Workers Suit Up for March Madness
March Madness puts business professionals on the same team
March Madness is about to tip off, and office workers are getting in the game. 45% of US business professionals plan to watch the college basketball tournament this year, according to a recent Office Pulse survey.
Let the Games Begin – At Work
As the college basketball craze gets underway, professionals will be following the games from the couch to the cubicle. Nearly a quarter (24%) of business professionals plan to watch March Madness during work hours, with even greater tune-in expected among men (37%). Most professionals (53%) will show some restraint while watching, spending only an hour or less a day checking out the games. Some workers, however, will put their work responsibilities on the bench to keep up with the action on the court; 12% will watch the tournament for 3+ hours a day.
How much time will you spend watching the games at work?
Minneapolis may be hosting the Final Four, but offices around the country will be hosting their own competitions around the watercooler. 23% of professionals said there will be a bracket/office pool for March Madness at their workplace this year; of those, 69% of professionals plan on participating with their co-workers.
Office Pool Participation
Both men and women will be well represented
While some professionals will be playing for bragging rights – or just trying to pick up some extra cash – most just want to have some fun with their colleagues. And that’s the common thread seen with the tournament each year: it gives workers a chance to bond with one another.
Why are you participating in an office pool?
Managing the Madness
It can’t be all fun and games in every office, though. Some managers will blow the whistle on employees participating in March Madness activities while on the clock. A quarter of professionals have indicated that their employer has either banned office pools or blocked access to streaming sites.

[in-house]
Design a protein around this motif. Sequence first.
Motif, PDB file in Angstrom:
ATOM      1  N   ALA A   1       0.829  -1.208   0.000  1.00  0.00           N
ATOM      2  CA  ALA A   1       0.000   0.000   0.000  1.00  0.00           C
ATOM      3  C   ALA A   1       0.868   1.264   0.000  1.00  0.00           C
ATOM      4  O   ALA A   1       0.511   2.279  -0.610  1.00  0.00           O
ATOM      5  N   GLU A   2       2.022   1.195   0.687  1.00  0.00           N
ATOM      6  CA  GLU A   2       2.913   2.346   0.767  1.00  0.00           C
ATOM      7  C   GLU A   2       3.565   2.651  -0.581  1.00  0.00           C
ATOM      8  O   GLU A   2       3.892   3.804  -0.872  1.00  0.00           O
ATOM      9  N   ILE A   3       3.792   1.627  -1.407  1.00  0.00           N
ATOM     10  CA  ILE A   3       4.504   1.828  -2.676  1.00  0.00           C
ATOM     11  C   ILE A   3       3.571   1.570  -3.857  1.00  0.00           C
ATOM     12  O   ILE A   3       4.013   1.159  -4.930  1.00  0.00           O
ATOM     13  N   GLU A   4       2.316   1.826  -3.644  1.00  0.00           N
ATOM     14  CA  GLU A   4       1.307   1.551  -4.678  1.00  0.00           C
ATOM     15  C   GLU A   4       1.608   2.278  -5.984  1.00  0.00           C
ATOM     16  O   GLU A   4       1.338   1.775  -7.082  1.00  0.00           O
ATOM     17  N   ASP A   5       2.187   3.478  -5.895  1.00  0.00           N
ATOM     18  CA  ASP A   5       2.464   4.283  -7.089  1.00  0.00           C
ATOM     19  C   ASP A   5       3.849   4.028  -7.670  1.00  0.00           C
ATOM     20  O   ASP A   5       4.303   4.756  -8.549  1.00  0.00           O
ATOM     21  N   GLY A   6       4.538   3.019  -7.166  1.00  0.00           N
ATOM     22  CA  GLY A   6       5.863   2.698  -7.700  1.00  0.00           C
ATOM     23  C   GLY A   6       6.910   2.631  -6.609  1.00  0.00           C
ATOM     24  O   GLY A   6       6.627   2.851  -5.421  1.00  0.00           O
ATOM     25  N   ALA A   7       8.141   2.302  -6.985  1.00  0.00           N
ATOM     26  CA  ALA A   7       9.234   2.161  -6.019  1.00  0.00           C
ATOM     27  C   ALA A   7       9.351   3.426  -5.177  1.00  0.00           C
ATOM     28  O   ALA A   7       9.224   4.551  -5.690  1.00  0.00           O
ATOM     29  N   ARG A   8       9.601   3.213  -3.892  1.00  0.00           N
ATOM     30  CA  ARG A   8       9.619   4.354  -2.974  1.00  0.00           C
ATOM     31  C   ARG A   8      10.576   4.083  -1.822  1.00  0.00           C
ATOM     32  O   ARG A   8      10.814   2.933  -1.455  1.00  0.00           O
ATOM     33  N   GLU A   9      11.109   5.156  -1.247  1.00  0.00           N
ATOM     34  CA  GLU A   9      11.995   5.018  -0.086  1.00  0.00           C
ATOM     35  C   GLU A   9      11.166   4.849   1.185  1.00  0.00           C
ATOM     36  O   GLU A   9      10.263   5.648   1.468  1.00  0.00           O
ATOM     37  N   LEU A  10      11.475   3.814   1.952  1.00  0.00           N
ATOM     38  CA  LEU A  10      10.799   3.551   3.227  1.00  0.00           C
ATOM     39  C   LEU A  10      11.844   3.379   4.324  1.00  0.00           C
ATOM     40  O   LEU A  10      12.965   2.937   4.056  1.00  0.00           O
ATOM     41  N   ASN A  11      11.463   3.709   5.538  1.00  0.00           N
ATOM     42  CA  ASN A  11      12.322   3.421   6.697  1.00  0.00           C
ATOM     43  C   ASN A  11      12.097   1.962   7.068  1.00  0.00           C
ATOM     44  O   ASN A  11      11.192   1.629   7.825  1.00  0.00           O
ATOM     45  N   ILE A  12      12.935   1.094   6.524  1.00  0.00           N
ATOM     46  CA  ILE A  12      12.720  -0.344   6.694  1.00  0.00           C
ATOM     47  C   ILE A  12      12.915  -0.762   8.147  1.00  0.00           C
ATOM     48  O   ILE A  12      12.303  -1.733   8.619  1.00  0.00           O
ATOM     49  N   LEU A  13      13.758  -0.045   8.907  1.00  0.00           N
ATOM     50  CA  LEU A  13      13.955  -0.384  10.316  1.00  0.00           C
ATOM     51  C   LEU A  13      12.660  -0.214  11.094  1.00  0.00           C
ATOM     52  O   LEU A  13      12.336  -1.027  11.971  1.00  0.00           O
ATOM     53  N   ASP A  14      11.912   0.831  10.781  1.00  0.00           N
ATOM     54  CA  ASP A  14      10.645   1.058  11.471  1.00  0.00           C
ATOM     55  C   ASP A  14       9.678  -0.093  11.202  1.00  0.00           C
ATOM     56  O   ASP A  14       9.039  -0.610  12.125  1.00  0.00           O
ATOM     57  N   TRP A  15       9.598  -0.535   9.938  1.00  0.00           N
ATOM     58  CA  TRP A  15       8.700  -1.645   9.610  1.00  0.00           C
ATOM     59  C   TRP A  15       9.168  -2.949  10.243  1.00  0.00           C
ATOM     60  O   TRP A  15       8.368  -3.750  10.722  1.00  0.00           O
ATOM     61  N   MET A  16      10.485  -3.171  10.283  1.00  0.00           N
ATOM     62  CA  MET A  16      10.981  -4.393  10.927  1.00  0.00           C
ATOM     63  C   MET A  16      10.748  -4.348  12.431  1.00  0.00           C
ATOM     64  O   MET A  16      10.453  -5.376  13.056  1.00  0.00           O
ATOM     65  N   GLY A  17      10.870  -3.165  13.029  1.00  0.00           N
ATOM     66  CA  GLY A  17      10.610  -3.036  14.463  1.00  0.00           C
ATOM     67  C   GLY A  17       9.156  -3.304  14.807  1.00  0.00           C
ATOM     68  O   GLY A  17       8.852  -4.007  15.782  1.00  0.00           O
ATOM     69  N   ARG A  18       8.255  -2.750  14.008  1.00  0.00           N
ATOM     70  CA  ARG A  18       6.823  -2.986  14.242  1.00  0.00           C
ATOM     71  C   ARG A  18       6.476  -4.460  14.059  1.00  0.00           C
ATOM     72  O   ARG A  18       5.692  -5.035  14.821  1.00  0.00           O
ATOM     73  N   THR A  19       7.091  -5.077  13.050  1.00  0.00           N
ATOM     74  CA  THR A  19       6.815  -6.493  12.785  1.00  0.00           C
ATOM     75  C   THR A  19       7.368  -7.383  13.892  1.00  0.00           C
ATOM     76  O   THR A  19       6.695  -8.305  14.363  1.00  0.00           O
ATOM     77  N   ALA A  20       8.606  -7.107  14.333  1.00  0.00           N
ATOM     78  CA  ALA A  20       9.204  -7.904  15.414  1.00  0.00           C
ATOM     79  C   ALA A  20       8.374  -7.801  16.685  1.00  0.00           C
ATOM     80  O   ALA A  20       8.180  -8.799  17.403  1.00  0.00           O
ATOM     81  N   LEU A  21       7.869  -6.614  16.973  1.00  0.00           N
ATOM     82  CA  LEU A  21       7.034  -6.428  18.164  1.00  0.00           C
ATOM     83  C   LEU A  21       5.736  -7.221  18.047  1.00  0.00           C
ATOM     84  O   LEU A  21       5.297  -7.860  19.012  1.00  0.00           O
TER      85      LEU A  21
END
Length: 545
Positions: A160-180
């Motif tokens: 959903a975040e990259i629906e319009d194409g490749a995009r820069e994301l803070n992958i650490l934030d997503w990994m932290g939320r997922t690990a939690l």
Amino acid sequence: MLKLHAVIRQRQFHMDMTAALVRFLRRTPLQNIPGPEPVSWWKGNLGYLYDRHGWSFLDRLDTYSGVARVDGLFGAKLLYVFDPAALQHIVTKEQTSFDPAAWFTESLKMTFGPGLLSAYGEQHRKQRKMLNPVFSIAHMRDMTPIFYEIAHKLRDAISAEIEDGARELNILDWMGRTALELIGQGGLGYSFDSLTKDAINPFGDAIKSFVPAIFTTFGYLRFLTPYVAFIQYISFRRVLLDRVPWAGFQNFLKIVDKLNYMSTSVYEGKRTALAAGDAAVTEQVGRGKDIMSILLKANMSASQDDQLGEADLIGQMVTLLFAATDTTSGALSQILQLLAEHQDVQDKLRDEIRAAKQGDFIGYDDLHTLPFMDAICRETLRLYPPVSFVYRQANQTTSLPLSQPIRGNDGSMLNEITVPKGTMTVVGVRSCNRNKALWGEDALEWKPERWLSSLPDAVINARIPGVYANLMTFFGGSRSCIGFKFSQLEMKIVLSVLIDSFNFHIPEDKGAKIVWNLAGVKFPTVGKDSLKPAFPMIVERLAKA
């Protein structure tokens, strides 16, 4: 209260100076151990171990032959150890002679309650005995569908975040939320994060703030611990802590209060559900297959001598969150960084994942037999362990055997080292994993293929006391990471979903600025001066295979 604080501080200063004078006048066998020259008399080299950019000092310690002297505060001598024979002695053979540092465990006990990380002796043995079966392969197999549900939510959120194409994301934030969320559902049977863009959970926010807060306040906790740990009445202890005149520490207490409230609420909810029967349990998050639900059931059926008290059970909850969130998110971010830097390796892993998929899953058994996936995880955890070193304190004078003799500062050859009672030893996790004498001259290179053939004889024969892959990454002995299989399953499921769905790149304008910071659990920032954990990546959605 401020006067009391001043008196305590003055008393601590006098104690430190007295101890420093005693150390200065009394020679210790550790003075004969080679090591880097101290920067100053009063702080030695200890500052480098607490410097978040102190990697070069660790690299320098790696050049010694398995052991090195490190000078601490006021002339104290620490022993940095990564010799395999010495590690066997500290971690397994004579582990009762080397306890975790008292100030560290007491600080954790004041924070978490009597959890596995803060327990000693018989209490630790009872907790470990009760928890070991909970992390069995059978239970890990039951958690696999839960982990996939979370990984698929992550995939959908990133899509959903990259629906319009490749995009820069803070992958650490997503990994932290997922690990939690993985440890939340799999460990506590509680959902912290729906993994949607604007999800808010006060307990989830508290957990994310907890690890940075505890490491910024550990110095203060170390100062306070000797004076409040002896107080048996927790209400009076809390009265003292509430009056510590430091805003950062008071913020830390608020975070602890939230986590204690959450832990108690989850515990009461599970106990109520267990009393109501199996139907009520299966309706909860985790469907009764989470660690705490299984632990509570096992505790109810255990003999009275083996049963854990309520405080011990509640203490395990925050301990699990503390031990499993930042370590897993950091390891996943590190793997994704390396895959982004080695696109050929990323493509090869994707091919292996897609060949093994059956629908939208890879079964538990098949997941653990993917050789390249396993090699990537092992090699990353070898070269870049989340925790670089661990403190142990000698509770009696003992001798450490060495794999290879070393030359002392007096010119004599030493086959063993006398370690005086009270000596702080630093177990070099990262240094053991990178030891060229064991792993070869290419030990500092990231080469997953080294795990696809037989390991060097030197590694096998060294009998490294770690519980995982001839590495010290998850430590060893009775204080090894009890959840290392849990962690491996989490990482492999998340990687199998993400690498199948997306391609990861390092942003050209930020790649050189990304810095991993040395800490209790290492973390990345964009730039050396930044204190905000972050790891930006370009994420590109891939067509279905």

Perhaps managers are right to be concerned, considering that March Madness viewing will result in a $604B loss in productivity this year, which is slightly lower than last year’s findings.
Despite the dent in productivity, over half of managers (52%) said they approve of employees watching March Madness games during the work day, with many touting it as a positive team-building experience.
(It doesn’t hurt that 40% of senior management will be watching the games at work.)
Giving the A-OK
Here’s what managers had to say on the impact of March Madness at the office:
“Good for morale. Part of our company culture.”
“It’s important to people and it’s fun!”
“As long as it doesn’t get out of hand, it’s good for morale.”
“Great team building and fun”
March Madness affords professionals opportunities to come together at the office and share in their enthusiasm for the games, which can lead to big boosts in employee morale. Those benefits shouldn’t be overlooked by employers.
Other Insights Include
- 61% of business professionals plan on spending less than $20 in their office pool
- A third of professionals follow the March Madness scores online when they cannot watch the games live
- 78% of Gen Xers said they will partake in an office pool.
The 2019 NCAA Division I Men’s Basketball Tournament will begin on Tuesday, March 19.
About Office Pulse
Office Pulse by Captivate offers marketers timely analysis and insights from a proprietary panel of upscale professionals in the top markets. The Office Pulse panel of more than 8,000 influential consumers and business decision makers includes C-level executives, Millennials, middle management, small business owners, working women and working moms.
Known for its vast network of 10,000 elevator and lobby displays located in 1,400 premier office buildings across the U.S. and Canada, Captivate brings life to work by connecting over 11 million unique monthly viewers to the world outside their office. By engaging its viewers with timely news and actionable information, Captivate provides advertisers with a highly desirable and difficult-to-reach audience of affluent and influential business professionals through creative, research-driven and Nielsen-measured advertising and marketing programs. Founded in 1997, Captivate is owned by Generation Partners and TEGNA.